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Origin of the Enigmatic Stepwise Tight-Binding Inhibition of Cyclooxygenase-1
Uppsala University, Disciplinary Domain of Science and Technology, Biology, Department of Cell and Molecular Biology, Computational and Systems Biology.
Uppsala University, Disciplinary Domain of Science and Technology, Biology, Department of Cell and Molecular Biology, Computational and Systems Biology.
Uppsala University, Disciplinary Domain of Science and Technology, Biology, Department of Cell and Molecular Biology, Computational and Systems Biology.
Uppsala University, Disciplinary Domain of Science and Technology, Biology, Department of Cell and Molecular Biology, Computational and Systems Biology.
2015 (English)In: Biochemistry, ISSN 0006-2960, E-ISSN 1520-4995, Vol. 54, no 49, 7283-7291 p.Article in journal (Refereed) Published
Abstract [en]

Nonsteroidal anti-inflammatory drugs (NSAIDs) are widely used for the treatment of pain, fever, inflammation, and some types of cancers. Their mechanism of action is the inhibition of isoforms 1 and 2 of the enzyme cyclooxygenase (COX-1 and COX-2, respectively). However, both nonselective and selective NSAIDs may have side effects that include gastric intestinal bleeding, peptic ulcer formation, kidney problems, and occurrences of myocardial infarction. The search for selective high-affinity COX inhibitors resulted in a number of compounds characterized by a slow, tight-binding inhibition that occurs in a two-step manner. It has been suggested that the final, only very slowly reversible, tight-binding event is the result of conformational changes in the enzyme. However, the nature of these conformational changes has remained elusive. Here we explore the structural determinants of the tight-binding phenomenon in COX-1 with molecular dynamics and free energy simulations. The calculations reveal how different classes of inhibitors affect the equilibrium between two conformational substates of the enzyme in distinctly different ways. The class of tight-binding inhibitors is found to exclusively stabilize an otherwise unfavorable enzyme conformation and bind significantly stronger to this state than to that normally observed in crystal structures. By also computing free energies of binding to the two enzyme conformations for 16 different NSAIDs, we identify an induced-fit mechanism and the key structural features associated with high-affinity tight binding. These results may facilitate the rational development of new COX inhibitors with improved selectivity profiles.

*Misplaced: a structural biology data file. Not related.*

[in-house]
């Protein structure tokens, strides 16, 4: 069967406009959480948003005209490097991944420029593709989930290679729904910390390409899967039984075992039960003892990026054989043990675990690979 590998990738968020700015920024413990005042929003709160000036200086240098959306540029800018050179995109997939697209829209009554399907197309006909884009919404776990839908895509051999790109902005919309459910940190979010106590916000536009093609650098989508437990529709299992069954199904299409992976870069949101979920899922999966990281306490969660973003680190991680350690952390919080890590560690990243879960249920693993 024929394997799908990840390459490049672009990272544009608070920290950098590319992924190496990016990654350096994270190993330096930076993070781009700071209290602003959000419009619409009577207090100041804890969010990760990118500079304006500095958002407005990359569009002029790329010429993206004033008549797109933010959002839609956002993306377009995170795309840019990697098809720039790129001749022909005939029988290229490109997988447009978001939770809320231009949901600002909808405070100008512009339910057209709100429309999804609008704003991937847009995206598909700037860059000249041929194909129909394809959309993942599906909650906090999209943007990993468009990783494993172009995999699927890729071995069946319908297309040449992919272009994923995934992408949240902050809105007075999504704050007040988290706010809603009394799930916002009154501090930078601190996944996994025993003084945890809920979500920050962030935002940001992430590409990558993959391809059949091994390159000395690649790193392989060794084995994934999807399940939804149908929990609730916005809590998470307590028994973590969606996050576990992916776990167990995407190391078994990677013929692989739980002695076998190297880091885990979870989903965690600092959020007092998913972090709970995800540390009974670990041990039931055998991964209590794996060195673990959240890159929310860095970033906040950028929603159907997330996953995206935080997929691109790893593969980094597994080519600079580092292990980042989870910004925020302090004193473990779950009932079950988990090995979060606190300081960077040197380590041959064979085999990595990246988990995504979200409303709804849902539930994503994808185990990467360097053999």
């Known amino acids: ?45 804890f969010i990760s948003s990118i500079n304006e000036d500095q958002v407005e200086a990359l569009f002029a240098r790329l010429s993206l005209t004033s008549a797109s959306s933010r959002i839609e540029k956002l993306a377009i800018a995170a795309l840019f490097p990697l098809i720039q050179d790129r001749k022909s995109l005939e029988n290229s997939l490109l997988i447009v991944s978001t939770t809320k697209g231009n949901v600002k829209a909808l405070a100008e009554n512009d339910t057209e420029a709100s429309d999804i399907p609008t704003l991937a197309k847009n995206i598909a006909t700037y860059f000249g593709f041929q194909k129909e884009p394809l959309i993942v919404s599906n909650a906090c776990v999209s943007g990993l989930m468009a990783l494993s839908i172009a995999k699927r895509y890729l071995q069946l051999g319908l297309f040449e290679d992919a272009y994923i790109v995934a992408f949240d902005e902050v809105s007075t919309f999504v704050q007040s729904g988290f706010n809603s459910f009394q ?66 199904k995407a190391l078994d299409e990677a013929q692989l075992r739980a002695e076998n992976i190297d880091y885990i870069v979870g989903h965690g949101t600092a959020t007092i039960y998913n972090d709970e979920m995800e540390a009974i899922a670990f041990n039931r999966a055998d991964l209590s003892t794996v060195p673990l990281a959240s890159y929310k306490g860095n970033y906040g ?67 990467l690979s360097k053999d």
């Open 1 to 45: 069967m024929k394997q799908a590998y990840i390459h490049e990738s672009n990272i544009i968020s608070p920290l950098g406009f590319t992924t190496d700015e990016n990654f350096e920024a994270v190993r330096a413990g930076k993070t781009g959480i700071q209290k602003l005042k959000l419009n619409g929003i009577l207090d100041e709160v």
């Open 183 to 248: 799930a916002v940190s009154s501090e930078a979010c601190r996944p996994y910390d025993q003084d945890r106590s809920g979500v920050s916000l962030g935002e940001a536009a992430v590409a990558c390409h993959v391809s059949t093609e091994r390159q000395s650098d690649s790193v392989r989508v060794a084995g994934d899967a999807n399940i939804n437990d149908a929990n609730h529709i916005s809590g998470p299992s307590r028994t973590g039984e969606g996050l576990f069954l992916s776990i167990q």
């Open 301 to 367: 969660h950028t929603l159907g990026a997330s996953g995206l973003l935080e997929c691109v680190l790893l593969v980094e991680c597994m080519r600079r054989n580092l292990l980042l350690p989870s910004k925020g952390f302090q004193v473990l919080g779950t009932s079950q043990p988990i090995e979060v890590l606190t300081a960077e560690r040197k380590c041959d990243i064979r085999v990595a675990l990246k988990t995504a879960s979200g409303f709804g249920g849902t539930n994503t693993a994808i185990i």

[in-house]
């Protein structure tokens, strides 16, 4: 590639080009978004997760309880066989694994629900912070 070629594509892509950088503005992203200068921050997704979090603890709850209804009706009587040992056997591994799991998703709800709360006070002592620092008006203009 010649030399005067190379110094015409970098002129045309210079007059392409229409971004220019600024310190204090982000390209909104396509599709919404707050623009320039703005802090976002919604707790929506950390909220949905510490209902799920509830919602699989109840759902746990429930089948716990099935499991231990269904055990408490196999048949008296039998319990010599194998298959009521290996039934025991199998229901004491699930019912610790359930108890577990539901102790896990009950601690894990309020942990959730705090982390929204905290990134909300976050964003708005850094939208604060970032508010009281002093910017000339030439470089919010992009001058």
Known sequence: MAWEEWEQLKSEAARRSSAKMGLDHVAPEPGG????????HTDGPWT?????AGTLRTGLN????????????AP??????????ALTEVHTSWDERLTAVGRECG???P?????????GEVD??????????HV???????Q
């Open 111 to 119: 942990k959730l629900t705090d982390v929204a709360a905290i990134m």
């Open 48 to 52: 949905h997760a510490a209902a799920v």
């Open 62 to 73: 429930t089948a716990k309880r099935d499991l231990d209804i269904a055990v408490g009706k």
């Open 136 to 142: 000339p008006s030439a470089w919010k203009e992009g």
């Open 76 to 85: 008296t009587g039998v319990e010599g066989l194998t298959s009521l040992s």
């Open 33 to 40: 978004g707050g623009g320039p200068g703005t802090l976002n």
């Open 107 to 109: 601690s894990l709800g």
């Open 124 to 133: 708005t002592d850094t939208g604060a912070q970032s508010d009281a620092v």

Place, publisher, year, edition, pages
2015. Vol. 54, no 49, 7283-7291 p.
National Category
Biochemistry and Molecular Biology
Research subject
Biochemistry
Identifiers
URN: urn:nbn:se:uu:diva-269328DOI: 10.1021/acs.biochem.5b01024ISI: 000366871800013OAI: oai:DiVA.org:uu-269328DiVA: diva2:882751
Funder
Swedish Research Council
Available from: 2015-12-15 Created: 2015-12-15 Last updated: 2017-12-01Bibliographically approved
In thesis
1. Non-Steroidal Anti-Inflammatory Drugs in Cyclooxygenases 1 and 2: Binding modes and mechanisms from computational methods and free energy calculations
Open this publication in new window or tab >>Non-Steroidal Anti-Inflammatory Drugs in Cyclooxygenases 1 and 2: Binding modes and mechanisms from computational methods and free energy calculations
2017 (English)Doctoral thesis, comprehensive summary (Other academic)
Abstract [en]

Non-steroidal anti-inflammatory drugs (NSAIDs) are one of the most commonly used classes of drugs. They target the cyclooxygenases (COX) 1 and 2 to reduce the physiological responses of pain, fever, and inflammation. Due to their role in inducing angiogenesis, COX proteins have also been identified as targets in cancer therapies.

In this thesis, I describe computational protocols of molecular docking, molecular dynamics simulations and free energy calculations. These methods were used in this thesis to determine structure-activity relationships of a diverse set of NSAIDs in binding to their target proteins COX-1 and 2. Binding affinities were calculated and used to predict the binding modes. Based on combinations of molecular dynamics simulations and free energy calculations, binding mechanisms of sub-classes of NSAIDs were also proposed. Two stable conformations of COX were probed to understand how they affect inhibitor affinities. Finally, a brief discussion on selectivity towards either COX isoform is discussed. These results will be useful in future de novo design and testing of third-generation NSAIDs.

Place, publisher, year, edition, pages
Uppsala: Acta Universitatis Upsaliensis, 2017. 55 p.
Series
Digital Comprehensive Summaries of Uppsala Dissertations from the Faculty of Science and Technology, ISSN 1651-6214 ; 1560
Keyword
molecular dynamics simulations, binding free energy, molecular docking, cyclooxygenase, non-steroidal anti-inflammatory drugs, free energy perturbation, potentials of mean force
National Category
Pharmaceutical Biotechnology
Identifiers
urn:nbn:se:uu:diva-328478 (URN)978-91-513-0073-3 (ISBN)
Public defence
2017-11-02, B42, BMC, Husargatan 3, Uppsala, 10:15 (English)
Opponent
Supervisors
Available from: 2017-10-10 Created: 2017-08-23 Last updated: 2017-10-17

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Publisher's full texthttp://pubs.acs.org/doi/10.1021/acs.biochem.5b01024

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Shamsudin Khan, YasminKazemi, MasoudÅqvist, Johan

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